Jan 14

Syria: Choosing a Side

The Syrian Revolution has been making headlines since 2011, growing increasingly complex and unstable as the Assad regime and its Hezbollah allies wage war against a variety of rebel groups, including some linked to terrorist organizations.  Wary of being drawn into another conflict in the Middle East, the U.S. administration has offered selective support to rebels free from the influence of extremists while working toward a diplomatic solution with the Assad government.  However, with international peace talks finally under way, this policy of technical neutrality has changed.

Congress recently made American aid to Syrian rebels official.  Although this means relatively little on the ground considering that the United States has been providing the rebels some form of aid, beginning with monetary support and growing to shipments of small arms, for many months now.  However, it is a decision with significant diplomatic meaning, one that has already upset Assad and his compatriots.

Much as Congress had not technically acknowledged U.S. aid to Syrian freedom fighters before this week, the Assad regime has avoided recognizing its opponents as rebels.  Although Syria is clearly in the midst of a revolution, its leaders maintain that their opponents are terrorists, fighting against the will of the nation rather than for it.  The recognition of and commitment to continued assistance for the rebels is, therefore, about much more than providing weapons.  Congress has, in essence, recognized the legitimacy of the rebels.

Although Russia has been openly supporting the Assad regime, providing money, weapons, and political assistance, the Syrian government views this as an entirely different arrangement.  From their perspective, it is an allegiance between two governments like any other.  By aligning the United States with Syrian rebels, Congress took official action that symbolically elevates the rebellion, showing that it carries the same status as an official government.  This broadens the divide between the United States, which is working to establish a transitional government that would bring an end to Assad’s rule, and the Syrian leadership that refuses to acknowledge that it is truly at war.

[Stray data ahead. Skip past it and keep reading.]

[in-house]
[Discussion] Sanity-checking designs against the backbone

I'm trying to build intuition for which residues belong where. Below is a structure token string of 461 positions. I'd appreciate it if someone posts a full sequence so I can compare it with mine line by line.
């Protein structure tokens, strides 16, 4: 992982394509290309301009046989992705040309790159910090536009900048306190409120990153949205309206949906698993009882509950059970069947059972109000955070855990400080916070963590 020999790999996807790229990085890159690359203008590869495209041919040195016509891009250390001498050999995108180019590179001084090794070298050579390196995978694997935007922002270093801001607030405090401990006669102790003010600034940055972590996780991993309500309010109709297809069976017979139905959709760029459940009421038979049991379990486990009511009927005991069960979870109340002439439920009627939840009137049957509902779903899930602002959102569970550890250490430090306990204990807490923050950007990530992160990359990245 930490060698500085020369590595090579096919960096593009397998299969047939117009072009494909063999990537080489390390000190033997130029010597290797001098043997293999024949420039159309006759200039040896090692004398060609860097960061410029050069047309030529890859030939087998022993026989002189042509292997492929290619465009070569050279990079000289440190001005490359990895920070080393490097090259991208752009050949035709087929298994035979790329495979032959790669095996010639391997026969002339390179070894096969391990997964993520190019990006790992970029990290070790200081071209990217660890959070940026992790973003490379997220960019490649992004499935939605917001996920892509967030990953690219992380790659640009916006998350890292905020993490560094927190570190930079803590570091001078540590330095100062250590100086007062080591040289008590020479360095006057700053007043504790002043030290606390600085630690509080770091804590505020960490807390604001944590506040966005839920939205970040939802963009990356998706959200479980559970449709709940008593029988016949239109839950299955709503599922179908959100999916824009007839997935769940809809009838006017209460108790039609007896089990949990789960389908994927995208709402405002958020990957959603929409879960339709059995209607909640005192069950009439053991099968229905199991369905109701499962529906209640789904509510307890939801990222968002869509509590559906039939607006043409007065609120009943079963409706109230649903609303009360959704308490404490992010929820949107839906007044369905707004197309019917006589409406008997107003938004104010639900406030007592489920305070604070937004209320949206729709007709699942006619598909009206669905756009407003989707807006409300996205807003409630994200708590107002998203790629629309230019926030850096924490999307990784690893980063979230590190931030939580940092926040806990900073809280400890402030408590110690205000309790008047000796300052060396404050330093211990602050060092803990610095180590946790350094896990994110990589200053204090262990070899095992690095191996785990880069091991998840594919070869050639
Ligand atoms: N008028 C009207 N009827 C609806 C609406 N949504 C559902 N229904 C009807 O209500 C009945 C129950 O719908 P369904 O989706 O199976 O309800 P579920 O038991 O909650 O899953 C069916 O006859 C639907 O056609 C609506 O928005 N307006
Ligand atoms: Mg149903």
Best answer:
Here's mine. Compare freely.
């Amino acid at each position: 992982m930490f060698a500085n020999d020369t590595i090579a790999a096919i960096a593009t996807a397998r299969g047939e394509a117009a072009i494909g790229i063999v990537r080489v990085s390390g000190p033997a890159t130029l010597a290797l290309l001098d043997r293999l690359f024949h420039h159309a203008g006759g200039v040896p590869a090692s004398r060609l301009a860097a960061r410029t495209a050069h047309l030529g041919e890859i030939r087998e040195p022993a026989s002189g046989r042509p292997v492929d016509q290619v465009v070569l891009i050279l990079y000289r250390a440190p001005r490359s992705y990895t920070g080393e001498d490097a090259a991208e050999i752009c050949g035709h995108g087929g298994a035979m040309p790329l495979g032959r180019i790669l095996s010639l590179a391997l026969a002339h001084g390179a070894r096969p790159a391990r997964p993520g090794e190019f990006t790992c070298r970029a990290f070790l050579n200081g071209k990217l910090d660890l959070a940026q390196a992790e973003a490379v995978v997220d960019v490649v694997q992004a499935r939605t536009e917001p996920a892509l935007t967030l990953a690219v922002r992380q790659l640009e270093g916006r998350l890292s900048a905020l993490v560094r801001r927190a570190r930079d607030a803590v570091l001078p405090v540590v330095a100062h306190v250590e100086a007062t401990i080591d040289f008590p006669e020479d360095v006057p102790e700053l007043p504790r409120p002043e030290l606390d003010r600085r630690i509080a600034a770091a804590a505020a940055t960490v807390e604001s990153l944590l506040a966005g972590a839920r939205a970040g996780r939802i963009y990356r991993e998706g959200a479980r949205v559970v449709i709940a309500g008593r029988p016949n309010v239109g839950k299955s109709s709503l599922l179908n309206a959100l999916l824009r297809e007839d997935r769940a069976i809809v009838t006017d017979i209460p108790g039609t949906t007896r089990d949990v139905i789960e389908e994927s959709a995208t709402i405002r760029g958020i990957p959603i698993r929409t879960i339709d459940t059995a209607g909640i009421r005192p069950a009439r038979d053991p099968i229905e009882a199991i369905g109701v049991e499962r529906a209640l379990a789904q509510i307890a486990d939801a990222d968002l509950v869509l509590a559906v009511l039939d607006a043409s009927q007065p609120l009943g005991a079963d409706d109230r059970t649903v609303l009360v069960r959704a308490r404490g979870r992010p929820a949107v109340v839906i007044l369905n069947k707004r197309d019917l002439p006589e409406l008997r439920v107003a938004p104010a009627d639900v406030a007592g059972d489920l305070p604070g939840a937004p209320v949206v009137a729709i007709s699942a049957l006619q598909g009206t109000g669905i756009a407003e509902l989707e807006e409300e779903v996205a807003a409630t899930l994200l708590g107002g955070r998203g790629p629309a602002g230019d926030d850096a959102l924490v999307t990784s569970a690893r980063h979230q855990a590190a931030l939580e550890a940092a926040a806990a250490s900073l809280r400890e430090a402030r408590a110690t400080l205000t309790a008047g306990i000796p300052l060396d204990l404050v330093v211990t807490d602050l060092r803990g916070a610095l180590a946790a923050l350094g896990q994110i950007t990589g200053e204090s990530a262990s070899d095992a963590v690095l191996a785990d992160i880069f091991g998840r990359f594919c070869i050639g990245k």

Despite the potential for diplomatic backlash, this is a step that the United States needed to take and timed extremely well.  First and foremost, it makes the American position on Syria inescapably clear.  As delegates for the Syrian government attending the current peace talks remain unwilling to budge, the U.S. has responded by digging into its position as well.  Congress has demonstrated that the establishment of a transitional government (which is supposed to be the entire purpose of the talks) is not up for debate.

The act could potentially lead Syria to reconsider its current position on aid as well.  Assad is fighting a war of attrition against his own people; unable to escape from blockaded cities, many innocent civilians are now suffering from malnutrition and related ailments.  Nevertheless, Assad’s representatives have repeatedly denied the United Nations’ request that humanitarian aid be allowed to reach the suffering.  The American decision is a way around the government’s obstinance; if it will deny its people basic necessities, the U.S. will provide that and then some.

Hopefully, the Syrian government will attempt to bargain, finally allowing humanitarian aid missions in exchange for a limit on military assistance to the opposition.  But even if they reject the chance to act diplomatically, aid will still be delivered to the rebels.  The U.S. stance falls short of backing Syrian leaders into a corner, but it will get the job done either politically or practically.

Furthermore, political backlash may not be the worst outcome.  Assad’s delegates have refused to compromise or even discuss the most pressing issues on the table at the peace conference.  Their counterparts representing the revolutionaries, however, have demonstrated much more professional and diplomatic behavior.  It is an ironic and slightly unexpected situation, but it has lent credibility to the rebellion.  Should the representatives from the Syrian government become outraged or begin making accusations, shifting the talks further from the topic of a transitional government, it will only further hurt their case.

The situation in Syria and the conference currently in session are highly intricate in terms of politics, with a large number of stakeholders contributing to their progress.  It is impossible to accurately speculate about the impact of any decision, but from almost any angle it is largely certain that official recognition of U.S. aid to the rebellion will only serve to strengthen the American position.

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